A coalition of human rights groups including Amnesty International, Human Rights Watch and Reprieve have called on the Prime Minister to raise the issue of human rights abuses with the President of the United Arab Emirates when he pays a State Visit to Britain on Tuesday.
In a letter to David Cameron, the organisations urge him to raise the “UAE’s discriminatory and disproportionate response to peaceful criticism, its severe violations of due process and fair trial rights, and credible reports of torture – including the alleged torture of three British nationals,” during the visit of Sheikh Khalifa bin Zayed Al Nahyan.
The letter cites a number of incidents, including the torture by Dubai police of Grant Cameron and Karl Williams, from London, and Suneet Jeerh from Essex in July last year. The three men were subjected to beatings and electric shocks and forced to sign documents in Arabic, a language they do not understand, before being charged with drugs offences. They have pleaded not guilty to the charges, and a verdict is expected in their trial on Monday 29 April, the day before the Sheikh’s arrival in Britain.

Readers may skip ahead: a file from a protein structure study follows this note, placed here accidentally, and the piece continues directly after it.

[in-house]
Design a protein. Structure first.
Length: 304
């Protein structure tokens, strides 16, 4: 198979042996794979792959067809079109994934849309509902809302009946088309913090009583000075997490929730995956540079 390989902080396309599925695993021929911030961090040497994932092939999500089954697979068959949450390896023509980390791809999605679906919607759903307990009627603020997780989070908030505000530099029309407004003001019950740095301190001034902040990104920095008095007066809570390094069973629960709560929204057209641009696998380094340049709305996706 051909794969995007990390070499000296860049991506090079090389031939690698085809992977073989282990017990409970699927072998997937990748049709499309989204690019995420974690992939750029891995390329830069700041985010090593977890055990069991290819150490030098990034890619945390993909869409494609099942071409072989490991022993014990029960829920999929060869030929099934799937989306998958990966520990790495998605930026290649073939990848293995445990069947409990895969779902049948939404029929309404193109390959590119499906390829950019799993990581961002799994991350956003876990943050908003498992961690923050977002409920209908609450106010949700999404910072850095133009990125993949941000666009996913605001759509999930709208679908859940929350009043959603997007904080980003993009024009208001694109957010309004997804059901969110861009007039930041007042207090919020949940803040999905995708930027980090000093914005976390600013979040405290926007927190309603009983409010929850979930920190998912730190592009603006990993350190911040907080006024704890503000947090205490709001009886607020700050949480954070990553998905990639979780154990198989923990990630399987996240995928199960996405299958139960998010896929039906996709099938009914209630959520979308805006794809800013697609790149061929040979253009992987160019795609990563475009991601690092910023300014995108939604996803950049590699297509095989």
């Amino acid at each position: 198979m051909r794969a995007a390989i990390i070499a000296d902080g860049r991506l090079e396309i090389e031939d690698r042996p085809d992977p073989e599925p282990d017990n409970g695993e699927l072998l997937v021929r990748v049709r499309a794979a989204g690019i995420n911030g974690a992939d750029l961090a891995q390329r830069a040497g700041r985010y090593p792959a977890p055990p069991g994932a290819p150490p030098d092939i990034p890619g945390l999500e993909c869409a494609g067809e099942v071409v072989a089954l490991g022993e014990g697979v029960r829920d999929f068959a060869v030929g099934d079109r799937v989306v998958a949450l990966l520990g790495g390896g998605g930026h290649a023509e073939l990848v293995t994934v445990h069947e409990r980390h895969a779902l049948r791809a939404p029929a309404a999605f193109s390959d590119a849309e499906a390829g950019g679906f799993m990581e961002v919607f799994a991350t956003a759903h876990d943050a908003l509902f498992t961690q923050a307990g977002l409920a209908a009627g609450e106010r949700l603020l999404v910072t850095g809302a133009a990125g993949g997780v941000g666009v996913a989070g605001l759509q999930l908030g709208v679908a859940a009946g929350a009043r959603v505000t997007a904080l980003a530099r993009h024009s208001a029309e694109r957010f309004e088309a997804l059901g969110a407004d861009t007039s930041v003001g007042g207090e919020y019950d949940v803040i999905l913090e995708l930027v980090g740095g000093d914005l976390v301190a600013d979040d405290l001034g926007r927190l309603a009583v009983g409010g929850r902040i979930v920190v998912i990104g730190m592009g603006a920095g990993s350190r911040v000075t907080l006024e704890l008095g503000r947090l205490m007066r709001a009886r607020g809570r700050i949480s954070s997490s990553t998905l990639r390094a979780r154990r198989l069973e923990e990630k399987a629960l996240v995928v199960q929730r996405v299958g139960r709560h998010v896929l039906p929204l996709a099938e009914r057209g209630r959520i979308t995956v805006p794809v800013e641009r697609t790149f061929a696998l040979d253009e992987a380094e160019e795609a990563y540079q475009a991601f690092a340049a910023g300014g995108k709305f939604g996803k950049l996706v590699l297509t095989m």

The legal charity Reprieve says UAE has failed to carry out a proper investigation into the men’s mistreatment in line with their obligations under international law; meanwhile, authorities in the country have proceeded with their trial, calling the police involved in their torture as witnesses against them.
Reprieve investigator Kate Higham said: “Rolling out the red carpet for a regime which has tortured our fellow citizens will be seen as deeply unsettling by many Britons. It is therefore crucial that the torture of three British tourists by Dubai police, and the wider context of human rights abuses across the UAE, is at the top of the agenda during this visit. Our reputation in the world can only be damaged if the Government puts political convenience above standing up for our fundamental principles.”